Location: Indiana, United States

I became a Professor Emeritus after serving 29 years as a recreational therapy faculty member at Indiana University. I'm a long-time Hoosier, having grown up in Hanover, Indiana. My RT practitioner work was in psych/mental health. After completing my Ph.D. at the University of Illinois, my first faculty position was at the University of North Texas. RT has been a wonderful profession for me as I have had the opportunity to serve as an author and national leader.

Thursday, October 04, 2007

A Shift for RTs and QOL Enhancement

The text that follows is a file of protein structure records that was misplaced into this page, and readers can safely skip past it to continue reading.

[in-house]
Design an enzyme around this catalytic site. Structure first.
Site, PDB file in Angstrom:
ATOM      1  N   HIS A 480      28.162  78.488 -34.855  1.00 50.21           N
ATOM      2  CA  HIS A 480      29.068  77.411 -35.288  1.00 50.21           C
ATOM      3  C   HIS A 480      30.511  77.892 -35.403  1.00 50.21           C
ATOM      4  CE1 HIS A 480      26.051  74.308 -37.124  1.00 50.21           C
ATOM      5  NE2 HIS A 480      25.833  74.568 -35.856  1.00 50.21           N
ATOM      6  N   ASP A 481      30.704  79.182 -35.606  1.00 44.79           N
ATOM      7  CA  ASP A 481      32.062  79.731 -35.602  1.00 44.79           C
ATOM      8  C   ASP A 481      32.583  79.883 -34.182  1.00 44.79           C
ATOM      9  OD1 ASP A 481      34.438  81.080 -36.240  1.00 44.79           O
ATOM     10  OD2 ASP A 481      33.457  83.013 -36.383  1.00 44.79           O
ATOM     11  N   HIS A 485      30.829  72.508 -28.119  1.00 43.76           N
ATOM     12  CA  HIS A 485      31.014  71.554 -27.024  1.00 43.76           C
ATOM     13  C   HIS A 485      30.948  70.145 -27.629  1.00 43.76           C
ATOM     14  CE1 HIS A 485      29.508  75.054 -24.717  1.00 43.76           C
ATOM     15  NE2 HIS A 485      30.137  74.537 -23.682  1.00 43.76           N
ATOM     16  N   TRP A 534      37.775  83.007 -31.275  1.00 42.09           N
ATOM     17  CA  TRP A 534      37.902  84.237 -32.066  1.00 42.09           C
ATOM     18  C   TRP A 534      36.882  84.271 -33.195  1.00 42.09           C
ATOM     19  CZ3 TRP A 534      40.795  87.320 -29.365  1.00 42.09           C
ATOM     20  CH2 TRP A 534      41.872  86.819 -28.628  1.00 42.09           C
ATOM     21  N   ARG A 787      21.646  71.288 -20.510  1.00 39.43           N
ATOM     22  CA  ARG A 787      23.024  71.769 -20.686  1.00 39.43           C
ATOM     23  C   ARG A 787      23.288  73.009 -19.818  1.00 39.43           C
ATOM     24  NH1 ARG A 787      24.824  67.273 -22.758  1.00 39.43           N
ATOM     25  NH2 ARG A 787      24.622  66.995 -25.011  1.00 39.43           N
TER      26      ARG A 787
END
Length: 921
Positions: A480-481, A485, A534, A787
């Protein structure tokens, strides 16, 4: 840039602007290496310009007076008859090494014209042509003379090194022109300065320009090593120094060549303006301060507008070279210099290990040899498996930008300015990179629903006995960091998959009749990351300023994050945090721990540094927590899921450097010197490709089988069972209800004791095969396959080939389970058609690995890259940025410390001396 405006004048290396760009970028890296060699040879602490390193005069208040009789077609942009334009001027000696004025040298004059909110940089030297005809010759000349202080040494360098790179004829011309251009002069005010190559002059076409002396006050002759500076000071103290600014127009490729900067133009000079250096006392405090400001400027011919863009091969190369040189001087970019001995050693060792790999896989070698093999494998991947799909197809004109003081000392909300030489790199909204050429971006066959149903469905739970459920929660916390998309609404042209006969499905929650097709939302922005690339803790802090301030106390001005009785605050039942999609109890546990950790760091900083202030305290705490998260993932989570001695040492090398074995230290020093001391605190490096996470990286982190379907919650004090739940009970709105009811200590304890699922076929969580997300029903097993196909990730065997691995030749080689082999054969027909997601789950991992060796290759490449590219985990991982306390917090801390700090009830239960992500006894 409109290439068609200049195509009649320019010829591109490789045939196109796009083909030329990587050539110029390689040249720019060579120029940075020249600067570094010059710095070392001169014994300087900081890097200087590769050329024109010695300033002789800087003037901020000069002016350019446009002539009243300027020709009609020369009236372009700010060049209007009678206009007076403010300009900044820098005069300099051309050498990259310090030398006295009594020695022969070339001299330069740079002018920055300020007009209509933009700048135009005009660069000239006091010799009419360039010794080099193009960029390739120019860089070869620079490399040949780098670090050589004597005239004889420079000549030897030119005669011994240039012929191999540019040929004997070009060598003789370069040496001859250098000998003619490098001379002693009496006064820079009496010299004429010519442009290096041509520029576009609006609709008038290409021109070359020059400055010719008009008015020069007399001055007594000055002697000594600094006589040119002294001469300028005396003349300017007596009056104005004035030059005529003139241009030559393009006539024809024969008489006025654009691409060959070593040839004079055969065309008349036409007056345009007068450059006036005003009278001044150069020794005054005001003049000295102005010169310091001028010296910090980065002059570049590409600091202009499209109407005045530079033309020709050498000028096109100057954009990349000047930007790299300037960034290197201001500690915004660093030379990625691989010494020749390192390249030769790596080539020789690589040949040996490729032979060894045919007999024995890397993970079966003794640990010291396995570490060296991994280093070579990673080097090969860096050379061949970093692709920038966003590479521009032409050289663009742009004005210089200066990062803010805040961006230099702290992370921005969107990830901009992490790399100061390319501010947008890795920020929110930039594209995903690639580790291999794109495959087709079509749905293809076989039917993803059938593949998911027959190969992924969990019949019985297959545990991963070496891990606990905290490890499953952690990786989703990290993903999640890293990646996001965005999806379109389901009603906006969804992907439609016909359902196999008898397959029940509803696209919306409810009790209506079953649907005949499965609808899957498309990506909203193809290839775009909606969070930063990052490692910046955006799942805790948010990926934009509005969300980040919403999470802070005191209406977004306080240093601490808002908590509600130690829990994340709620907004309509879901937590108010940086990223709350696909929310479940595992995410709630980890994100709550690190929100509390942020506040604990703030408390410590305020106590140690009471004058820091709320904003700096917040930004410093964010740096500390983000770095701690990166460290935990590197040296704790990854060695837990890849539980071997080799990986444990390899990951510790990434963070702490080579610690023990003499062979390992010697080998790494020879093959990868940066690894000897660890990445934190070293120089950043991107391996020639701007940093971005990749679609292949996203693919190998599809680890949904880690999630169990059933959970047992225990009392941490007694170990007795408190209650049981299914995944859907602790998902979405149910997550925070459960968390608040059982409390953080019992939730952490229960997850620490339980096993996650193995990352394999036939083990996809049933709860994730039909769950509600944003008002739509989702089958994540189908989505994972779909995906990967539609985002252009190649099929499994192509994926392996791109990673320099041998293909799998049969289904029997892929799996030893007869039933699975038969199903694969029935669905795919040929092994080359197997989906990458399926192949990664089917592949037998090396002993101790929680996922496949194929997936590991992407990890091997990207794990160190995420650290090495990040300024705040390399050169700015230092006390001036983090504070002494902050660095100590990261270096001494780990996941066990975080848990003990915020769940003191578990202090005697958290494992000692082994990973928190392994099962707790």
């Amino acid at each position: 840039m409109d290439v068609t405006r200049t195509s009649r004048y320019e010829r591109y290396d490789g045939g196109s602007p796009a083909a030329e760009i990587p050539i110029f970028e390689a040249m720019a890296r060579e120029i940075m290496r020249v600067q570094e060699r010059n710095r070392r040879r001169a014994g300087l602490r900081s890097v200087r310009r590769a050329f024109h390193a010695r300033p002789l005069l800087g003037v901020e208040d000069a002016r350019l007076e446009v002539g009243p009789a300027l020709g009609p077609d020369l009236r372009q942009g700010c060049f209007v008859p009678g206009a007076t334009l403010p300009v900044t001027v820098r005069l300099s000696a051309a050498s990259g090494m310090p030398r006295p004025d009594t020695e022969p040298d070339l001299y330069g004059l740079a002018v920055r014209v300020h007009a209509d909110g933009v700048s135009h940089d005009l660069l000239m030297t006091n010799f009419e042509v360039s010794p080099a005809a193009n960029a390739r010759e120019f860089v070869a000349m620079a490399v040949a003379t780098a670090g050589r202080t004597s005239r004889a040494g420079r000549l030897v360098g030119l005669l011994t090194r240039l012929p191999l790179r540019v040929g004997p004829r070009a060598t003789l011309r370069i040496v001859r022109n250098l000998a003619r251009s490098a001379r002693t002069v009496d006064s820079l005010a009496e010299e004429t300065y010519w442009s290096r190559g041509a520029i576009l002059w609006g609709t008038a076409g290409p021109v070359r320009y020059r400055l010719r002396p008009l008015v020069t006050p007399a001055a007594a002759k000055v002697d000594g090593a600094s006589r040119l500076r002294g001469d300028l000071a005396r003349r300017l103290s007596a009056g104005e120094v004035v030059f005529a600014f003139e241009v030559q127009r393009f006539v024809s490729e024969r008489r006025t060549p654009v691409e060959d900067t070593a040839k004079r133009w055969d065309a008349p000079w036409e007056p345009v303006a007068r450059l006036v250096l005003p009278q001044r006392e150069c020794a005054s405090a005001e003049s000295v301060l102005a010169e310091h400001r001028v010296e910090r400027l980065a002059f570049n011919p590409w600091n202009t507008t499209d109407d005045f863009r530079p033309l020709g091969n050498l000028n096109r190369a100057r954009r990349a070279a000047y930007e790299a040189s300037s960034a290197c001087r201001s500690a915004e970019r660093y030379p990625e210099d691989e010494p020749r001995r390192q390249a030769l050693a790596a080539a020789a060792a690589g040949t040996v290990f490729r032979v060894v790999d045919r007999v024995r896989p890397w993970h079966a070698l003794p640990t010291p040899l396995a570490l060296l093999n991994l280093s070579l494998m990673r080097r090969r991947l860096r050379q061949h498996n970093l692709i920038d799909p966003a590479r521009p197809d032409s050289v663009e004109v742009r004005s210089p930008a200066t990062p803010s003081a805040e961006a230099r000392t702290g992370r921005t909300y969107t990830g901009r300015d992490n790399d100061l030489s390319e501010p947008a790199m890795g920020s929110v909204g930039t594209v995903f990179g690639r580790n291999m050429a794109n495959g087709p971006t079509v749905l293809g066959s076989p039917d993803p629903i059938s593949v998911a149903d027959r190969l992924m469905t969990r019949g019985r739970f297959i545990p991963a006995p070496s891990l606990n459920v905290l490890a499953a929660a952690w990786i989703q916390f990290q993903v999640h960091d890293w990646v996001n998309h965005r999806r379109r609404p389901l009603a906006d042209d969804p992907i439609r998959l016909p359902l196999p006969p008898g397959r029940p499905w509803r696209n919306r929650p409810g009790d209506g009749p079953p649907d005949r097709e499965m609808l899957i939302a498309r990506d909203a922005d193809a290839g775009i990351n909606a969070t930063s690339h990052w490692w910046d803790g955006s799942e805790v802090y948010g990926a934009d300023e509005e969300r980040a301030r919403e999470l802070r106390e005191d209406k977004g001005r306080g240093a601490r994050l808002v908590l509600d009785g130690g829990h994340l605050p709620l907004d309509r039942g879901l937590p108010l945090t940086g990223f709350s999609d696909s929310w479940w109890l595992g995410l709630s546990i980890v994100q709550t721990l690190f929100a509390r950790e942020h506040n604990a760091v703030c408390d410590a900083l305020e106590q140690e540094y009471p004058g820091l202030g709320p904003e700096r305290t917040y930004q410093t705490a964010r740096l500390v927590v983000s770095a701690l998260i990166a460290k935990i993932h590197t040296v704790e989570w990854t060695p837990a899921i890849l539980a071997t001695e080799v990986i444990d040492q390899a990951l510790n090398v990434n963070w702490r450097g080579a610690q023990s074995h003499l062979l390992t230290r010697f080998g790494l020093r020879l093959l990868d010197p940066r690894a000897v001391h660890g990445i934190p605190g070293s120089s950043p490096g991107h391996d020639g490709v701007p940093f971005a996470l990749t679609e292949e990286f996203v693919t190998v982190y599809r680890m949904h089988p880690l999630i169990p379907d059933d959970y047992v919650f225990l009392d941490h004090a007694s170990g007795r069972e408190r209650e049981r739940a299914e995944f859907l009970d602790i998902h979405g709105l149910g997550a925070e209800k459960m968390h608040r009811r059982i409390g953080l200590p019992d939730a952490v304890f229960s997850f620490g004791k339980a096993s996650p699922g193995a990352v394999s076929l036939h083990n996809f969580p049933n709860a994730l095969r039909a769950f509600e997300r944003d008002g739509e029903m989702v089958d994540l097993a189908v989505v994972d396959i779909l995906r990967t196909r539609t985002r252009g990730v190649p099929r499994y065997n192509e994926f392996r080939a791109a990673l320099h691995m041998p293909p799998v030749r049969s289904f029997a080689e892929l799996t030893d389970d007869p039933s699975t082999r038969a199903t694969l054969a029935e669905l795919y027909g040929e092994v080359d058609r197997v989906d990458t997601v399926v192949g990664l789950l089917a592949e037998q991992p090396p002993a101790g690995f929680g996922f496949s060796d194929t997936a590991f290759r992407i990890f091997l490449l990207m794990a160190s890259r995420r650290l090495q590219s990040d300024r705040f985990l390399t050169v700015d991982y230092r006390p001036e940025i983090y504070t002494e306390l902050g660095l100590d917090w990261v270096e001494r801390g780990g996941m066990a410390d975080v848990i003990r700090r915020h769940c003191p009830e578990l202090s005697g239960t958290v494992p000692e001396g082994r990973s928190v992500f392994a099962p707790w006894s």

The acceptance by society and RTs of clients in "impaired roles," rather than "sick roles," in my opinion is coming slowly. Yet, helping clients to deal with chronic illnesses (i.e., in impaired roles)is an area in which RTs should take the lead.

Schirm (2002) has written: “The increased number of Americans who are living with chronic disabling conditions has shifted the emphasis from a health care system focused solely on cure and length and quantity of life to enhancement of the quality of life.” (p.181)

I think Schirm has it exactly right. RTs should be leading the shift in health care toward the enhancement of the quality of life.

If you want to read more from Schirm, the reference is: Schirm, V. (2002). Quality of life. In I.M. Lubkin, & P.D. Larsen. Chronic illness: Impact and interventions (5th edition). Boston: Jones and Bartlett Publishers, pp.181-201.)


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